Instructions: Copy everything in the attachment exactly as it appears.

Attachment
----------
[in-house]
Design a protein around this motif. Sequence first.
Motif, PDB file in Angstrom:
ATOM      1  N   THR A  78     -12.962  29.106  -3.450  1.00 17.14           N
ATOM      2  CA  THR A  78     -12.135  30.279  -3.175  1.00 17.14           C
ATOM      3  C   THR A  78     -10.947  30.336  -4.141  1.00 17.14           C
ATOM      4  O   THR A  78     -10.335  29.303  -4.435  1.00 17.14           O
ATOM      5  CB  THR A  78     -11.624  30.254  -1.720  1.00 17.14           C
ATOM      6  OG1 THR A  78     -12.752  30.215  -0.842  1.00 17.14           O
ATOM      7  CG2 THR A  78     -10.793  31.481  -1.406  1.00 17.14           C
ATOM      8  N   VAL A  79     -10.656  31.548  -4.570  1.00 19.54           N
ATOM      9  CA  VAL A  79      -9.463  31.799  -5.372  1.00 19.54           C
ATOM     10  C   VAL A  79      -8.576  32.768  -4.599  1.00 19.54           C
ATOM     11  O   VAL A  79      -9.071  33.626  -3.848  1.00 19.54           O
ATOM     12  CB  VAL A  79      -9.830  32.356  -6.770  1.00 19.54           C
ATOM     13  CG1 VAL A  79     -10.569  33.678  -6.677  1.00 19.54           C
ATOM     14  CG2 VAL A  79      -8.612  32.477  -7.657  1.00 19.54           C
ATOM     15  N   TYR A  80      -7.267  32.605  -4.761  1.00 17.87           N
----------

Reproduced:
[in-house]
Design a protein around this motif. Sequence first.
Motif, PDB file in Angstrom:
ATOM      1  N   THR A  78     -12.962  29.106  -3.450  1.00 17.14           N
ATOM      2  CA  THR A  78     -12.135  30.279  -3.175  1.00 17.14           C
ATOM      3  C   THR A  78     -10.947  30.336  -4.141  1.00 17.14           C
ATOM      4  O   THR A  78     -10.335  29.303  -4.435  1.00 17.14           O
ATOM      5  CB  THR A  78     -11.624  30.254  -1.720  1.00 17.14           C
ATOM      6  OG1 THR A  78     -12.752  30.215  -0.842  1.00 17.14           O
ATOM      7  CG2 THR A  78     -10.793  31.481  -1.406  1.00 17.14           C
ATOM      8  N   VAL A  79     -10.656  31.548  -4.570  1.00 19.54           N
ATOM      9  CA  VAL A  79      -9.463  31.799  -5.372  1.00 19.54           C
ATOM     10  C   VAL A  79      -8.576  32.768  -4.599  1.00 19.54           C
ATOM     11  O   VAL A  79      -9.071  33.626  -3.848  1.00 19.54           O
ATOM     12  CB  VAL A  79      -9.830  32.356  -6.770  1.00 19.54           C
ATOM     13  CG1 VAL A  79     -10.569  33.678  -6.677  1.00 19.54           C
ATOM     14  CG2 VAL A  79      -8.612  32.477  -7.657  1.00 19.54           C
ATOM     15  N   TYR A  80      -7.267  32.605  -4.761  1.00 17.87           N